8. 8. Java Platforms Design and Sizing 8
  9. 9. Design and Sizing of Java Platforms on vSphere Step 1 – Step 3 – Establish Load profile Establish Benchmark Size Production Env. From production logs/monitoring reports measure: Concurrent Users Requests Per Second Peak Response Time Average Response Time Establish your response time SLA 9 Step 2  Iterate through Benchmark test until you are satisfied with the Load profile metrics and your intended SLA after each benchmark iteration you may have to adjust the Application Configuration  Adjust the vSphere environment to scale out/up in order to achieve your desired number of VMs, number of vCPU and RAM configurations The size of the production environment would have been established in Step2, hence either you roll out the environment from Step-2 or build a new one based on the numbers established 
  10. 10. Scale Up Test Step 2 – Establish Benchmark ESTABLISH BUILDING BLOCK VM Establish Vertical scalability Scale Up Test  Establish how many JVMs on a VM?  Establish how large a VM would be in terms of vCPU and memory Building Block VM Investigate bottlnecked layer Network, Storage, Application Configuration, & vSphere If building block app/VM config problem, adjust & iterate If scale out bottlenecked layer is removed, iterate scale out test No Test complete Scale Out Test Building Block VM 10 Building Block VM DETERMINE HOW MANY VMs Establish Horizontal Scalability Scale Out Test  How many VMs do you need to meet your Response Time SLAs without reaching 70%-80% saturation of CPU?  Establish your Horizontal scalability Factor before bottleneck appear in your application SLA OK?
  11. 11. Design and Sizing HotSpot JVMs on vSphere VM Memory Guest OS Memory Java Stack JVM Memory Other mem Perm Gen JVM Max Heap -Xmx 11 -Xss per thread -XX:MaxPermSize Direct native Memory “off-the-heap” Non Direct Initial Heap -Xms Memory “Heap”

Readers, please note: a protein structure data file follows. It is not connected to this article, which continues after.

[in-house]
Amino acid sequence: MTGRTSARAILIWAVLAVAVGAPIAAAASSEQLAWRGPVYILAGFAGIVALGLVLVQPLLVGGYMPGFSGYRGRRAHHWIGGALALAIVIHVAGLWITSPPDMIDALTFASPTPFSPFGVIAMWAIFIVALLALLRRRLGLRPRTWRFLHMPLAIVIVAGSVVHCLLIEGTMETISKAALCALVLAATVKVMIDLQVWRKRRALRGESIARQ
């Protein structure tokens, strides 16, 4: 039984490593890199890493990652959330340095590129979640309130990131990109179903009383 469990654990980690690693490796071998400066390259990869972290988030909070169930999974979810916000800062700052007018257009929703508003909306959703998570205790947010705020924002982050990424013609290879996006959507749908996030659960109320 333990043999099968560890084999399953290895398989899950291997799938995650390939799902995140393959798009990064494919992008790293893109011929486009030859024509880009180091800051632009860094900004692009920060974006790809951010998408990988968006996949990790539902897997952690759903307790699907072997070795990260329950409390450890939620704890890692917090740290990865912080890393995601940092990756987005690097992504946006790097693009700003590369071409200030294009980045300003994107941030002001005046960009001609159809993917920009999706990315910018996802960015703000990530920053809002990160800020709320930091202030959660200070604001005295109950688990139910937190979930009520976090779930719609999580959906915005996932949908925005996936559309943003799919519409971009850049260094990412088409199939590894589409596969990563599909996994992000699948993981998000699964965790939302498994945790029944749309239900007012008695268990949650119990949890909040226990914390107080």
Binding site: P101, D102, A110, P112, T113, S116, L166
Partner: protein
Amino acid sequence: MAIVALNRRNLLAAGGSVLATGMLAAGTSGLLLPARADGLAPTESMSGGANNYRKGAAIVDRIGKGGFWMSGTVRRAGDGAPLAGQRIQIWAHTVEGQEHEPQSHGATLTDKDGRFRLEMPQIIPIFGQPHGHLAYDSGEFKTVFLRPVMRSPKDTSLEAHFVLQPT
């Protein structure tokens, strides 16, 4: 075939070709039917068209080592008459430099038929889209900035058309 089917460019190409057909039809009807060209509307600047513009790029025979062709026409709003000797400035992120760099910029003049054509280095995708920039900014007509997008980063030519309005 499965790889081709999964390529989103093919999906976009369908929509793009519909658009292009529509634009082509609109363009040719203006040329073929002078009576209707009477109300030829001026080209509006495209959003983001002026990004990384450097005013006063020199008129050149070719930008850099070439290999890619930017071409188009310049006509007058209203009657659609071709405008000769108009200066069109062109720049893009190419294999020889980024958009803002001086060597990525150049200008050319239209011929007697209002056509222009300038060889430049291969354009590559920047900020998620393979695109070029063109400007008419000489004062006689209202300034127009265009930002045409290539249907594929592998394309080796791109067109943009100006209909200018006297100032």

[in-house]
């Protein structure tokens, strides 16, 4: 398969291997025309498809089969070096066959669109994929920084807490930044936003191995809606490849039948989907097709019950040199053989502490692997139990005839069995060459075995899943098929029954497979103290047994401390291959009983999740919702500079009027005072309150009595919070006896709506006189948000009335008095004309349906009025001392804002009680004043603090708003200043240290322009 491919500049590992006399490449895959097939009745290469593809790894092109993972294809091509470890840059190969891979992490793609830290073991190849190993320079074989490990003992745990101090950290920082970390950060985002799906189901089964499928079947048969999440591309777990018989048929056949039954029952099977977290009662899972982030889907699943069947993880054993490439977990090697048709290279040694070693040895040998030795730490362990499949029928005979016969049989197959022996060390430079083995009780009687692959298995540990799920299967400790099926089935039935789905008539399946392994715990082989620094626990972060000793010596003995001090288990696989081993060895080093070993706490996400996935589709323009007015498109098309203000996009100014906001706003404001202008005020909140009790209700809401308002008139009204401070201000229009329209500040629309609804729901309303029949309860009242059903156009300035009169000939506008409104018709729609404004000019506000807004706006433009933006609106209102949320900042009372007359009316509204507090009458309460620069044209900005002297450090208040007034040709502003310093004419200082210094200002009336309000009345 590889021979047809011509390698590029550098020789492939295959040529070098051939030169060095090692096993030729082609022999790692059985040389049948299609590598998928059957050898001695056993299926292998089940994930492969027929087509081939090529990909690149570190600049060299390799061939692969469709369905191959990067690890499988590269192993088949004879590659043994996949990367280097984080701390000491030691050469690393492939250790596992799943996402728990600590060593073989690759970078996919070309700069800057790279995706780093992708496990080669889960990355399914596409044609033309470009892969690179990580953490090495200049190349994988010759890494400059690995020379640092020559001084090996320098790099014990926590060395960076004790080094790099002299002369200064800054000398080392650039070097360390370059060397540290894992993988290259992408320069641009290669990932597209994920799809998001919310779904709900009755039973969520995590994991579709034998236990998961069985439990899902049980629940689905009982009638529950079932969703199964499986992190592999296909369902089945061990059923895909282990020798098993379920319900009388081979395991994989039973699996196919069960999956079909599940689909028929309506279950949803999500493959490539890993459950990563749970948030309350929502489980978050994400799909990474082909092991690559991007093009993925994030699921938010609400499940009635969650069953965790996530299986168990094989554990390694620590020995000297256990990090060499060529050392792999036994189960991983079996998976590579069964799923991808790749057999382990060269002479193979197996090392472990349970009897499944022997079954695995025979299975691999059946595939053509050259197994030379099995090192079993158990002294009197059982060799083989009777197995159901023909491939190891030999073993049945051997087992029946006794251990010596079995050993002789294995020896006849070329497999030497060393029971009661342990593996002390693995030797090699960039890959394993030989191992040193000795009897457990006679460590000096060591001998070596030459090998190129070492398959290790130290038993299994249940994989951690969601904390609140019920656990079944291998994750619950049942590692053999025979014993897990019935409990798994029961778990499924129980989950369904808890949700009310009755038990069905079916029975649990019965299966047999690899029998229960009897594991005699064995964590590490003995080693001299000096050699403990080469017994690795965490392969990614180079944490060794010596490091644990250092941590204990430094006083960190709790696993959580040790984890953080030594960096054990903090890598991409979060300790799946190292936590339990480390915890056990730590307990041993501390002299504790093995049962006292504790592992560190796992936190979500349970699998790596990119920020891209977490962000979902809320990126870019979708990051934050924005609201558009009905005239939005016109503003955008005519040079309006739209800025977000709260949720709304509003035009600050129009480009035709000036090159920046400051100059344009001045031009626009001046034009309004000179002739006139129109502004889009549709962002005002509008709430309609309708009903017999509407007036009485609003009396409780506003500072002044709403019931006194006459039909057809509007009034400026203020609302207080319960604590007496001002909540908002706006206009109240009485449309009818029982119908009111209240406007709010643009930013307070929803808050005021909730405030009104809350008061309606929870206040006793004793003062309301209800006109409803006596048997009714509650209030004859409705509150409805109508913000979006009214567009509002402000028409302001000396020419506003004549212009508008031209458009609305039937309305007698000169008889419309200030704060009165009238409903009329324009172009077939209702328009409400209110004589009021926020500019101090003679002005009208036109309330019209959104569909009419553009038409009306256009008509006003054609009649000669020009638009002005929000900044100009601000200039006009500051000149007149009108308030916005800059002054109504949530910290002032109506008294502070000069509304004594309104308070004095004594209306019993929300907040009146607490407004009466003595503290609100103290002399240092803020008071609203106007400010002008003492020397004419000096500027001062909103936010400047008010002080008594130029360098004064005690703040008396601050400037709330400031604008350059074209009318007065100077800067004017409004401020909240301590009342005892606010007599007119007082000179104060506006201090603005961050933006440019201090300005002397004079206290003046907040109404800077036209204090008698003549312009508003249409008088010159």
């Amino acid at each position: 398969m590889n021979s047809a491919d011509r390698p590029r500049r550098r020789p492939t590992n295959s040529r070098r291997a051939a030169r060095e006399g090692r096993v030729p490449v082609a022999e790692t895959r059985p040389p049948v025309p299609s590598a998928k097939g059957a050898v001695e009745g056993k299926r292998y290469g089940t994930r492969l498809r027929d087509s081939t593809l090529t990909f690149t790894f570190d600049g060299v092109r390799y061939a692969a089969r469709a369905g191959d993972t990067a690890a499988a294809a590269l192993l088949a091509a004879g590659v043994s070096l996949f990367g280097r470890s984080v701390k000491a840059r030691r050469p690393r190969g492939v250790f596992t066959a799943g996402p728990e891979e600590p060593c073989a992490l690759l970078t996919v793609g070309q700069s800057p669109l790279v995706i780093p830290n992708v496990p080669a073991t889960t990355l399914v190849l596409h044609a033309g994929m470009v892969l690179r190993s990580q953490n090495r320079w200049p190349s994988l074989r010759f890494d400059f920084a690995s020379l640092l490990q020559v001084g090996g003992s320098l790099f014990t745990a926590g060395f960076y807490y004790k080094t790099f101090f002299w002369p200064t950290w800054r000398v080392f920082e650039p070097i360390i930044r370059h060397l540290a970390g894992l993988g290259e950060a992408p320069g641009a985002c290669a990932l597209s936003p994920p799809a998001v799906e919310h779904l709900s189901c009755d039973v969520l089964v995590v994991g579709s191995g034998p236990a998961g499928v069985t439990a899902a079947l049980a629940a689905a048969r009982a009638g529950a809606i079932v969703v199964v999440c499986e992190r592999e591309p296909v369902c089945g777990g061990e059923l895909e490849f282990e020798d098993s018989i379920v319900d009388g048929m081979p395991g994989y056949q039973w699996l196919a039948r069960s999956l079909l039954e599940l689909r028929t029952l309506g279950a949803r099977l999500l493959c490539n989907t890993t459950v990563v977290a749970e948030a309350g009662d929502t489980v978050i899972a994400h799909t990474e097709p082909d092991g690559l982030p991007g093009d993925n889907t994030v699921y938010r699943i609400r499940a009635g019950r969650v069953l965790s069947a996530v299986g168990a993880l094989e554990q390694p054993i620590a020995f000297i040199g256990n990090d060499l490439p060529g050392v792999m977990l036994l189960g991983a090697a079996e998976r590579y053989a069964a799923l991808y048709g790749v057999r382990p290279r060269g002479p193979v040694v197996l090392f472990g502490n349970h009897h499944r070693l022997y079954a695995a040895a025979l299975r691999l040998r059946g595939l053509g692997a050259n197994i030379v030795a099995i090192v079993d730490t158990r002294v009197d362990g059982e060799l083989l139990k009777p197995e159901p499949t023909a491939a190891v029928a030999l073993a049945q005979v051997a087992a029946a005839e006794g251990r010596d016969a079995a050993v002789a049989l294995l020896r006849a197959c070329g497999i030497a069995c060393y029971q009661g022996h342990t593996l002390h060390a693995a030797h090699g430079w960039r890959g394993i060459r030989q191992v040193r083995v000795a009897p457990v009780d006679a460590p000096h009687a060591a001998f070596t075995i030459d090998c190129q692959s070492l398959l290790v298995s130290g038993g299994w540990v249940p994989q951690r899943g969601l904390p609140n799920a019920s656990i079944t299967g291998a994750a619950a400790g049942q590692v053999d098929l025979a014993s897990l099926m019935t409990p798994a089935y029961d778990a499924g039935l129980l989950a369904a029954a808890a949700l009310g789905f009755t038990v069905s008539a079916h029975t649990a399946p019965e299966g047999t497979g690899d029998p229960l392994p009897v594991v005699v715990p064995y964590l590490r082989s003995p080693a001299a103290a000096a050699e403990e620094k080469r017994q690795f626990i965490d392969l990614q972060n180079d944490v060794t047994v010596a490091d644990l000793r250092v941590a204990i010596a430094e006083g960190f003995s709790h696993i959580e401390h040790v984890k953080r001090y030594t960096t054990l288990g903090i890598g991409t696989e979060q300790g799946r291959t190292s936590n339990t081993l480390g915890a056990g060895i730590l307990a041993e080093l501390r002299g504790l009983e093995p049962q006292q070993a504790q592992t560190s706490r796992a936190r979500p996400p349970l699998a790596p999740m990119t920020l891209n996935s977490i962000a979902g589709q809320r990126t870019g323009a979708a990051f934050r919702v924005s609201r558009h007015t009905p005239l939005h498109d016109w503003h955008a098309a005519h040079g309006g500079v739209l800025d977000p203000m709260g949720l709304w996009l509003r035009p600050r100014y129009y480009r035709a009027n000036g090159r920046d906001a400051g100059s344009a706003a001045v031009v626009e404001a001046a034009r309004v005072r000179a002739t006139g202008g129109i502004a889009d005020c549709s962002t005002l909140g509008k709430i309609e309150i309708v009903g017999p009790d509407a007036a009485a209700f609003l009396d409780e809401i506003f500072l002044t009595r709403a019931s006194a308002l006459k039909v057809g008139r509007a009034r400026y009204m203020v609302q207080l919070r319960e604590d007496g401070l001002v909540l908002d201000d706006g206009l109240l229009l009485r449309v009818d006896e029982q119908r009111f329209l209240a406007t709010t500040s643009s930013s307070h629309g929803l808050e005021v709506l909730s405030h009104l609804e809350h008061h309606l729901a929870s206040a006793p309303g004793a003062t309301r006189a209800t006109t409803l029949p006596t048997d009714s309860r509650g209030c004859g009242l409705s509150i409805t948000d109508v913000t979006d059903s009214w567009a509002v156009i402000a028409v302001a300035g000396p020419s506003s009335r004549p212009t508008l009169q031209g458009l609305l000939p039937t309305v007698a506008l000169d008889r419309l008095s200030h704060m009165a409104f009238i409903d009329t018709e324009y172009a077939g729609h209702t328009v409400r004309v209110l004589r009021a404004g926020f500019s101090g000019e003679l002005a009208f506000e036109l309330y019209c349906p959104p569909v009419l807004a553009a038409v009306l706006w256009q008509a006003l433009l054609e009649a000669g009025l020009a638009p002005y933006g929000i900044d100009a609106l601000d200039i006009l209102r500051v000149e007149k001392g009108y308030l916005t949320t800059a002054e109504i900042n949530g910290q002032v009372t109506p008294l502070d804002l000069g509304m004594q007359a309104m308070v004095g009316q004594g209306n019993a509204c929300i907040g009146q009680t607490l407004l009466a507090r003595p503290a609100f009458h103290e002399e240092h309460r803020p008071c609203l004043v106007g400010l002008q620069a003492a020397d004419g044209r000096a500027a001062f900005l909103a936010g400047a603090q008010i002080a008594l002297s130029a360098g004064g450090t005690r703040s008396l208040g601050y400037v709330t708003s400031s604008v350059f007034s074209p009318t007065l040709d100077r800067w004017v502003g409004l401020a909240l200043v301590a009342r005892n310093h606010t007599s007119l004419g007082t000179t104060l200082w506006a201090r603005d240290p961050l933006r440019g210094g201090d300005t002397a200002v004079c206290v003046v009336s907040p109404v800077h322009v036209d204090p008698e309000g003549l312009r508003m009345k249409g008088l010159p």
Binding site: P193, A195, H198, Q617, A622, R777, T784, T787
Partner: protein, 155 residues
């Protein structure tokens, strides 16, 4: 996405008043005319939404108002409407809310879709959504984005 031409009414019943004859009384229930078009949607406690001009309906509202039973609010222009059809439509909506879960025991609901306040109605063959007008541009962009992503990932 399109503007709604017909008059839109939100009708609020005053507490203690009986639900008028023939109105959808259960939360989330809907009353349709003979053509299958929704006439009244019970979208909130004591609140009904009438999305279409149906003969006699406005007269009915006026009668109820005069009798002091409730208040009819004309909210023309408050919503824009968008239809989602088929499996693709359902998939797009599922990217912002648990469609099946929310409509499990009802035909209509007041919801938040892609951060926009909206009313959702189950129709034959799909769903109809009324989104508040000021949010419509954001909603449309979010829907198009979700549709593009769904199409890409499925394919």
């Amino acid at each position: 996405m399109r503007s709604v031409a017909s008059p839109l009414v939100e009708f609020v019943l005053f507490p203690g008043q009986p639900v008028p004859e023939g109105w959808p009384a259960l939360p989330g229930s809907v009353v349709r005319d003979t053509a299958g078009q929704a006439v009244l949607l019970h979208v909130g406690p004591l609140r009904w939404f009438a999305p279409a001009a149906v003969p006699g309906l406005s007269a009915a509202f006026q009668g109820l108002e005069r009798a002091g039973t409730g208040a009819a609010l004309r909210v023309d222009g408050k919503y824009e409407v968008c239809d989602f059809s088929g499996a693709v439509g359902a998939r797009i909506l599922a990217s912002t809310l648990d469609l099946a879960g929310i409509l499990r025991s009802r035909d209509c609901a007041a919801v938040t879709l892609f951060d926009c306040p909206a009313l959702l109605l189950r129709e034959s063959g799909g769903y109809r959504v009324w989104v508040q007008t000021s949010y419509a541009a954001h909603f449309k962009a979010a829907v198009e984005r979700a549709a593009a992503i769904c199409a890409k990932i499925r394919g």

12. 12. Design and Sizing of HotSpot JVMs on vSphere VM Memory = Guest OS Memory + JVM Memory JVM Memory = JVM Max Heap (-Xmx value) + JVM Perm Size (-XX:MaxPermSize) + NumberOfConcurrentThreads * (-Xss) + “other Mem”  Guest OS Memory approx 1G (depends on OS/other processes)  Perm Size is an area additional to the –Xmx (Max Heap) value and is not GC-ed because it contains class-level information.  “other mem” is additional mem required for NIO buffers, JIT code cache, classloaders, Socket Buffers (receive/send), JNI, GC internal info  If you have multiple JVMs (N JVMs) on a VM then: • VM Memory = Guest OS memory + N * JVM Memory 12
  13. 13. Sizing Example set mem Reservation to 5088m VM Memory (5088m) Guest OS Memory Java Stack JVM Memory (4588m) JVM Max Heap -Xmx (4096m) 13 500m used by OS -Xss per thread (256k*100) Other mem (=217m) Perm Gen Initial Heap -XX:MaxPermSize (256m) -Xms (4096m)
  14. 14. Larger JVMs for In-Memory Data Management Systems Set memory reservation to 34g VM Memory for SQLFire (34g) Guest OS Memory JVM Memory for SQLFire (32g) JVM Max Heap -Xmx (30g) 14 Java Stack 0.5-1g used by OS -Xss per thread (1M*500) Other mem (=1g) Perm Gen Initial Heap -XX:MaxPermSize (0.5g) -Xms (30g)
  15. 15. NUMA Local Memory with Overhead Adjustment Number of Sockets On vSphere host Number of VMs On vSphere host Physical RAM On vSphere host 15 Physical RAM On vSphere host vSphere RAM overhead 1% RAM overhead
  16. 16. Middleware ESXi Cluster Locator/heart beat for middleware DO NOT VMotion Memory Available for all VMs = 96*0.98 -1GB => 94GB Per NUMA memory => 94/2 47GB 16 Middleware components 47GB RAM VMs with 8vCPU 96GB RAM 2 sockets 8 pCPU per socket